The Cape Ann Museum encourages anyone who would like their loved one to be memorialized in these projects to reach out to Miranda Aisling at by email at education@capeannmuseum.org or by phone at 978-283-0455 x125. Family members and friends are asked to provide the name of the deceased as well as their town so that the Museum can make sure they are included in the memorial. For more information about the Cape Ann Museum Covid-19 Memorial, visit www.capeannmuseum.org/covidmemorial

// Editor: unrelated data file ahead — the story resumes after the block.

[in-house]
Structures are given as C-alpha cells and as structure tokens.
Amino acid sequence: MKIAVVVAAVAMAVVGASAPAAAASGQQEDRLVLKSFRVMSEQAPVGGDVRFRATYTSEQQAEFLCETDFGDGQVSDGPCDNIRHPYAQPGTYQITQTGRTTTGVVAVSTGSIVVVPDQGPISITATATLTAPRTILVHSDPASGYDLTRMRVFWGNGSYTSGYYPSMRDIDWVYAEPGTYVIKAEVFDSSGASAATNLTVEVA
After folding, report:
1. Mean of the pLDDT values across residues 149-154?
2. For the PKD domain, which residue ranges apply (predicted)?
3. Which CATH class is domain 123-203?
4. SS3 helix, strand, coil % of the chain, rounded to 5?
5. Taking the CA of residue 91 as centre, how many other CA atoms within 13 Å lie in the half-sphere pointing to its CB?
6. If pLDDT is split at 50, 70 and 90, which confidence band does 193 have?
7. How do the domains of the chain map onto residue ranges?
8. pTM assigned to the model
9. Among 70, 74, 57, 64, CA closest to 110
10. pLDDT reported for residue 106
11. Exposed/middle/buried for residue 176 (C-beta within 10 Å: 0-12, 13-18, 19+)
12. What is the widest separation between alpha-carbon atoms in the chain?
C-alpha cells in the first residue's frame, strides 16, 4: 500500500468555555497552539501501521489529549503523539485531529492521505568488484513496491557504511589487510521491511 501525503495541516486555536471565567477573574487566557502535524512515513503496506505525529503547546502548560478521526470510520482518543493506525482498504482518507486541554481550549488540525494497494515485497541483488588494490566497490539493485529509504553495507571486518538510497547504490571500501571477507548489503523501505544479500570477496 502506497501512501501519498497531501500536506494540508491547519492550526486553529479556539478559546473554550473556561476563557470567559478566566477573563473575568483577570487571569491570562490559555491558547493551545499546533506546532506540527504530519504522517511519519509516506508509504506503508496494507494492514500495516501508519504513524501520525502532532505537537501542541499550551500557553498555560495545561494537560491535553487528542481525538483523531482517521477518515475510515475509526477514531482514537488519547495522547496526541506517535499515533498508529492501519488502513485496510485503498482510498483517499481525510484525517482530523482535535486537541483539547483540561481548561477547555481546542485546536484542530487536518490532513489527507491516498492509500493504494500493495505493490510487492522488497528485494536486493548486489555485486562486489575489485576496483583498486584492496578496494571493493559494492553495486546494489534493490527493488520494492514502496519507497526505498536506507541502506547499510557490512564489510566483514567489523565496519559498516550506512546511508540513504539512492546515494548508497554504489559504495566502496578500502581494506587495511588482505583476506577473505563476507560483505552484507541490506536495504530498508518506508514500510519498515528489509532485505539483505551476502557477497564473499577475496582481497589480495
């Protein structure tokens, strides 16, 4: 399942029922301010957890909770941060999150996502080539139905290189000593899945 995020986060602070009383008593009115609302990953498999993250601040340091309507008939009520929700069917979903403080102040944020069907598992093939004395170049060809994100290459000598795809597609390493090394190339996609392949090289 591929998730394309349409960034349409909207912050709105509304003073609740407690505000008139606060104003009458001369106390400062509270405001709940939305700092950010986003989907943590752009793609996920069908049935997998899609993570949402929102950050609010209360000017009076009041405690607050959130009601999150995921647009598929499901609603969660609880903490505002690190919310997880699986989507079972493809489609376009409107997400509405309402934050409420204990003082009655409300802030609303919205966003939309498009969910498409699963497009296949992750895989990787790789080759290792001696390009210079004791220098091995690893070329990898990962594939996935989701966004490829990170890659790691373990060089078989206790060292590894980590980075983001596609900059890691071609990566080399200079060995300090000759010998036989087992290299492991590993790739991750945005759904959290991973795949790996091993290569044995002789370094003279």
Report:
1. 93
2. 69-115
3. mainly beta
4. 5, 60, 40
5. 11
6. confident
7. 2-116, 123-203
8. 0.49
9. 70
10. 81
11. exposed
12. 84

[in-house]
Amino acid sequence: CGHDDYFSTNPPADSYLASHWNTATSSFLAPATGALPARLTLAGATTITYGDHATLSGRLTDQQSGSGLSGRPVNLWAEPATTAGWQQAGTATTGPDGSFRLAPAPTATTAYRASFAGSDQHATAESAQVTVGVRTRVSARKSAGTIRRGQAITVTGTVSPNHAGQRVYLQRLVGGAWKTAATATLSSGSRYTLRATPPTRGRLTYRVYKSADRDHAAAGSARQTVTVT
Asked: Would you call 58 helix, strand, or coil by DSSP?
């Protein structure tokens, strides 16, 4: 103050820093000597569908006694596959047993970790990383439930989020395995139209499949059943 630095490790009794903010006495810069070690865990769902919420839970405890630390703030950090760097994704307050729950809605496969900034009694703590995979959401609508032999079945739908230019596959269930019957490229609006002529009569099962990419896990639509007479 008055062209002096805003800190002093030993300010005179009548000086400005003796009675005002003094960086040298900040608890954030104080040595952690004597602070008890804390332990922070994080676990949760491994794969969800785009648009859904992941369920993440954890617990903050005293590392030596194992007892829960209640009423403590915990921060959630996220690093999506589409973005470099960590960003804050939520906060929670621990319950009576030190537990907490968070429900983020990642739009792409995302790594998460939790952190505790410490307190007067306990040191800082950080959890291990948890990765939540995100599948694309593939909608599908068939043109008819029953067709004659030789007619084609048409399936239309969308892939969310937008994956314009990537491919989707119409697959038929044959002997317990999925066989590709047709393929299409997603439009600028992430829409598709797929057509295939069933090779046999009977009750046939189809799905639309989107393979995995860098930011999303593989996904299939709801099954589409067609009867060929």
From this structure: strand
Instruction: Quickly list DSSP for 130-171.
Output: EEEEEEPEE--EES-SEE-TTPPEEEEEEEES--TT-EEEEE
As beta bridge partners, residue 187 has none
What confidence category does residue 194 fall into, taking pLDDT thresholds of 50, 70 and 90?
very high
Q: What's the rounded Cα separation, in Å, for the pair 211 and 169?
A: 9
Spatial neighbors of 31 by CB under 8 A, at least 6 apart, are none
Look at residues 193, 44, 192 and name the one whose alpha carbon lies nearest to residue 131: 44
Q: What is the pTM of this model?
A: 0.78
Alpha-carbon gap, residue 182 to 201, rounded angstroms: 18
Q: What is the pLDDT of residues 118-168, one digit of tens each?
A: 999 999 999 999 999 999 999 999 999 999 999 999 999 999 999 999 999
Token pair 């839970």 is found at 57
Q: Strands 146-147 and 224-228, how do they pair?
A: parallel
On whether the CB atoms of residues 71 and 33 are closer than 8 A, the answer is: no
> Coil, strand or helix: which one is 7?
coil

The Cape Ann Museum, founded in 1875, exists to preserve and celebrate the history and culture of the area and to keep it relevant to today’s audiences. Spanning 44,000 square feet, the Museum is one of the major cultural institutions on Boston’s North Shore welcoming more than 25,000 local, national and international visitors each year to its exhibitions and programs. In addition to fine art, the Museum’s collections include decorative art, textiles, artifacts from the maritime and granite industries, three historic homes, a Library & Archives and a sculpture park in the heart of downtown Gloucester. In Fall 2021, the Museum will officially open the 12,000 square foot Janet & William Ellery James Center at the Cape Ann Museum Green. The campus also includes three historic buildings – the White Ellery House (1710), an adjacent Barn (c. 1740), and the recently acquired Babson-Alling House (c.1740), all located on the site at the intersection of Washington and Poplar Streets in Gloucester.